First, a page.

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Tired of Publisher Audits? Maintain a Healthy SAM Practice!

Thought-Leadership by Dan Morrison
on February 10, 2015

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Do you want to maintain a healthy distance from pesky publisher audits? Far too often, organizations forget or neglect to properly maintain their licensing agreements and find themselves in a sudden panic due to an unexpected publisher audit. By implementing the below Software Asset Management (SAM) best practices, your organization can mitigate the severity of unsolicited publisher audits.


Know Your Current and Future SAM Risks

If your software portfolio is unhealthy, then you can expect a publisher audit. A few things to keep in mind when determining your state of compliance include:

Mergers and acquisitions – Has your company merged with or acquired another company’s software portfolio? If so, then you need to redefine their software assets under your company name by conducting an extensive internal audit before publishers come knocking on your door demanding their own external audit.

Maintain consistent procurement processes – Software can be acquired so quickly that maintaining proper documentation of all acquired licenses can be a difficult task. Make sure to track all acquired entitlements, such as Original Equipment Manufacturer (OEM) and Fully Packaged Products (FPP) licenses. OEMs come stock on the device you just purchased and are non-transferable, whereas FPPs are sold in a box and have a specific number of licenses you can allocate to devices.

Product Use Rights – PURs outline how a license can be used. Organizations frequently misinterpret PURs by neglecting minor differences such as Standard versus Enterprise editions or neglecting to take advantage of benefits such as Software Assurance and active maintenance.

End of Product/Agreement Lifecycle – Companies operating on Windows Server 2003 need to consider their migration strategy before it reaches end of support in less than 6 months. The added difficulty for maintaining compliance on unsupported software aside, the enormous support costs through a third party alone justify the need for migration. Another example would be Microsoft’s retirement of the Select Plus agreement, which occurs July 2016. An effective SAM practice identifies product and agreement lifecycles that approach end of life, giving you ample time to prepare your next move.

No Two SAM Tools Are the Same

Properly managing your software assets requires specific SAM tools designed to accomplish specific tasks based on your internal problem areas. A Request for Information (RFI) document outlines your asset management requirements which you can then leverage against the specifications of different SAM tool vendors.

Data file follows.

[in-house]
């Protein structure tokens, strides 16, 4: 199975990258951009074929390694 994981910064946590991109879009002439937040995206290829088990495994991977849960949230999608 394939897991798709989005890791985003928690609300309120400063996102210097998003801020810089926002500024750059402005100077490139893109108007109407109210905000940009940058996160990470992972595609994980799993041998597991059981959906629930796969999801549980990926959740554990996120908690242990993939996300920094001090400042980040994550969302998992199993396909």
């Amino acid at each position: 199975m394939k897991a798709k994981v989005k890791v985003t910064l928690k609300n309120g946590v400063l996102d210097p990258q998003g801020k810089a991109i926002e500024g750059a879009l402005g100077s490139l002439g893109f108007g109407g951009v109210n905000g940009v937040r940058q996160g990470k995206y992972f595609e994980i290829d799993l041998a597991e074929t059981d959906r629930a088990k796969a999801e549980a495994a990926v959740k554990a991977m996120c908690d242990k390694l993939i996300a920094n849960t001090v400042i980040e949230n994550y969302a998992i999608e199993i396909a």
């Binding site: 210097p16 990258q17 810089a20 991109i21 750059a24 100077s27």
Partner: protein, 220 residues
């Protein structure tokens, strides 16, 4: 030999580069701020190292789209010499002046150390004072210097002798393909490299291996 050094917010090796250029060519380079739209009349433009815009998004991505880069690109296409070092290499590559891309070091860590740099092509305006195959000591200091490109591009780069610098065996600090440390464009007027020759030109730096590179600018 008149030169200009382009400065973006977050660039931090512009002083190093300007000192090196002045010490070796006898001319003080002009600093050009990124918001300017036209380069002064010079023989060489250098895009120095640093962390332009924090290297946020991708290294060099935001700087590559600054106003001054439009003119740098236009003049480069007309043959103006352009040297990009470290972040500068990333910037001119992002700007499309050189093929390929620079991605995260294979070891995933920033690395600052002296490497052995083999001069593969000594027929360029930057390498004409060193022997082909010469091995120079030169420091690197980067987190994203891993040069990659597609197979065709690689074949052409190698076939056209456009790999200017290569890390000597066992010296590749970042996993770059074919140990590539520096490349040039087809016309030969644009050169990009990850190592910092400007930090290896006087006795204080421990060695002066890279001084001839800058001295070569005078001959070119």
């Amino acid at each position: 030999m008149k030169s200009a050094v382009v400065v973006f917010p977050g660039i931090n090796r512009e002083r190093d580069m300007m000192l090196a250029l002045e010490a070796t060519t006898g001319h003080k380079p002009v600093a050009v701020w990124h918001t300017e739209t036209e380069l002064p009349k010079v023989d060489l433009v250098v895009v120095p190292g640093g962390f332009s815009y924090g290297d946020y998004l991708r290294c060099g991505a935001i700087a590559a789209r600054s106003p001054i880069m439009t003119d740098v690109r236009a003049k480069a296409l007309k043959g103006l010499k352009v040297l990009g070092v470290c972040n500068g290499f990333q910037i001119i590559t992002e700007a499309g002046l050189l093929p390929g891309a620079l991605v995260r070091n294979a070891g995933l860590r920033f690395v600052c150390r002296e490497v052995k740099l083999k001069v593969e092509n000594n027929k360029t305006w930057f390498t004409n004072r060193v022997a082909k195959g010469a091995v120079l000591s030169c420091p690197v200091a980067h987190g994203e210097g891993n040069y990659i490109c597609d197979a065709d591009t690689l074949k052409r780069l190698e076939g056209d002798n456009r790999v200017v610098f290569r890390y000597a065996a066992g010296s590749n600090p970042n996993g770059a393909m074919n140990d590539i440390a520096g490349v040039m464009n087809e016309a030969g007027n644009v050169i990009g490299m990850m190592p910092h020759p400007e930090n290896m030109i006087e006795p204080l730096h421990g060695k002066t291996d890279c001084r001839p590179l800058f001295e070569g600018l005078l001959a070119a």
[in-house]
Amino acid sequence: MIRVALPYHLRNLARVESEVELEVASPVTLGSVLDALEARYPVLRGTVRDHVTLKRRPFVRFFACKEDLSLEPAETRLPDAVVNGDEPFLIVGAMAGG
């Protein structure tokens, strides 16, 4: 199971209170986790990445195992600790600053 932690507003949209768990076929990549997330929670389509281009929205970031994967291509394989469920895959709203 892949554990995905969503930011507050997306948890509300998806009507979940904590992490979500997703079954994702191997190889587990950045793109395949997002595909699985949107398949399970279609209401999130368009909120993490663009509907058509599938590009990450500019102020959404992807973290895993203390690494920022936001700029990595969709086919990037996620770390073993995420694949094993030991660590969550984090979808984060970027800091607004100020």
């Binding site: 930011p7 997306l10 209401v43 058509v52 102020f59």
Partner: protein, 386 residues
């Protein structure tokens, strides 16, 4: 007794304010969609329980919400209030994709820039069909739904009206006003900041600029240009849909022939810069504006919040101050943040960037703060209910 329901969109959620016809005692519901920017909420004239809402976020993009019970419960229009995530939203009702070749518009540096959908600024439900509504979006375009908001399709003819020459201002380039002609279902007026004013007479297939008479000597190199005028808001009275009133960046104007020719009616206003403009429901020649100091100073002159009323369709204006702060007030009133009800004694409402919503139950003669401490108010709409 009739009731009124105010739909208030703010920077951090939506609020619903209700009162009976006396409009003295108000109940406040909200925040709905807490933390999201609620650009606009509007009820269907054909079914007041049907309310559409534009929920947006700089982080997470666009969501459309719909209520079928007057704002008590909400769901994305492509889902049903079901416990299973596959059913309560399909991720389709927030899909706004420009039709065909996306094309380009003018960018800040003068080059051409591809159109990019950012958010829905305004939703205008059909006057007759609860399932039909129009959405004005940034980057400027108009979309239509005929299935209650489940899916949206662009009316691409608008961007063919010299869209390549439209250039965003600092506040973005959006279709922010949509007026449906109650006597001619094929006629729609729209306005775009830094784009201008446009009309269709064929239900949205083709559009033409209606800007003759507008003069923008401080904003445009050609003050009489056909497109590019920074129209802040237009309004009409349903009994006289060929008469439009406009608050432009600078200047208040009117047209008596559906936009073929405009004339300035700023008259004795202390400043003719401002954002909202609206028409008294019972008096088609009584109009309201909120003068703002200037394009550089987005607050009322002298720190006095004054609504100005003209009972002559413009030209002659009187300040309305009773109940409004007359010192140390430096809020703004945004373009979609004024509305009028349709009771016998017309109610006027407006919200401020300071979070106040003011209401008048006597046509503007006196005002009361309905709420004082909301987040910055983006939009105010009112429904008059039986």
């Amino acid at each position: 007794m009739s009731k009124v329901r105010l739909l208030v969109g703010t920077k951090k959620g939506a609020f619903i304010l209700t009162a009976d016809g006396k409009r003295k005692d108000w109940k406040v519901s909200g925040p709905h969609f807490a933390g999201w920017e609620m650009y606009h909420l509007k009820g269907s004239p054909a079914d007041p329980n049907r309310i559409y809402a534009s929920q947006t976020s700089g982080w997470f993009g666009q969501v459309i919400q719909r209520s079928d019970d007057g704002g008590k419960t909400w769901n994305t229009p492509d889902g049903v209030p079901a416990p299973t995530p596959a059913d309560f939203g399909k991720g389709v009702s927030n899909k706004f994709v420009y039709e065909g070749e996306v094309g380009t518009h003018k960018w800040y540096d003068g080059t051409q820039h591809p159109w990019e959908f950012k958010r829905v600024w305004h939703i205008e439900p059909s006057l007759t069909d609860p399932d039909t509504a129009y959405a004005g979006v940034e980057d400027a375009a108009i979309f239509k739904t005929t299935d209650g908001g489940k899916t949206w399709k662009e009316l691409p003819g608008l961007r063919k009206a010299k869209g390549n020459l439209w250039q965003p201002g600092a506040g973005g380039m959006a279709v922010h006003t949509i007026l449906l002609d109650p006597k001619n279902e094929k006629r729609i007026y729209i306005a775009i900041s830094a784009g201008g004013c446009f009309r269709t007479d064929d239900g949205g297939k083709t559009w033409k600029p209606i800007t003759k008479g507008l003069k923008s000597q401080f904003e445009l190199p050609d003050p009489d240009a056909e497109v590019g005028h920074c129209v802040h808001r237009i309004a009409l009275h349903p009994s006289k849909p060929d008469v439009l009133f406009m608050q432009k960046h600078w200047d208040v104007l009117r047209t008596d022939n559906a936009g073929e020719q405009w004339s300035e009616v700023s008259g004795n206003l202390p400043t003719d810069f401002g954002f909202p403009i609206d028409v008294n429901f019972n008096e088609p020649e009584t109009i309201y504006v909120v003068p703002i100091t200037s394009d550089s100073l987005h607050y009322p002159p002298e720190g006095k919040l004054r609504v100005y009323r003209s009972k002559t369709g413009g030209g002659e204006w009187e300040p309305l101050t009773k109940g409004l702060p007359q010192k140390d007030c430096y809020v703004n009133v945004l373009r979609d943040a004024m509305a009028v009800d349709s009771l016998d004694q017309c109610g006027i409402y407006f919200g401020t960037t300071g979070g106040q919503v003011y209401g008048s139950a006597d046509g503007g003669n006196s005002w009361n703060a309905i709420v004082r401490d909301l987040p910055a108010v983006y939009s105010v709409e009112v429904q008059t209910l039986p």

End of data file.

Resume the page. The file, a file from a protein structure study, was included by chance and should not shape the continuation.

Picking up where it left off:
SAM tools specialize in different areas: some specialize in risk analysis, some asset inventory, some for usage metering. Some tools try to incorporate all these at once, but fail at specializing in any area sufficiently, ultimately costing you more time and money by not focusing your SAM tool requirements directly towards your asset management needs.

SAM tools, however, are only as good as the processes you put in place. The real heavy lifting comes from back-end resources and SAM knowledge experts tasked with properly interpreting the data retrieved by the tool. 

Why Do SAM Projects Fail?

The simple answer is a lack of clear goals, roles, and responsibilities for the program. An in-house SAM project requires inter-departmental commitment and alignment across the organization. Furthermore, setting high expectations and a broad scope without first addressing your immediate needs creates overwhelming complexity. 

Some key elements to consider when instituting your own SAM practice include:

  • SAM team has the necessary knowledge base and certifications such as CSAM

  • Asset management pain points, processes, and IT infrastructure are all aligned so you can choose the appropriate SAM tool to suit your needs

  • Sufficient sponsorship and budget allocation from senior management

  • An enterprise-wide understanding that SAM enables greater flexibility in its use of software and cloud services 

The last point is especially important because many organizations tend to discontinue their SAM practice once their current licensing situation is sorted out, guaranteeing themselves an audit in the near future once their current licenses reach end of life. SAM is about more than getting through the next audit and maintaining compliance; it is about enabling reliable stewardship of corporate resources.

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Topics: Core Infrastructure, End User Computing, Database and Datacenter

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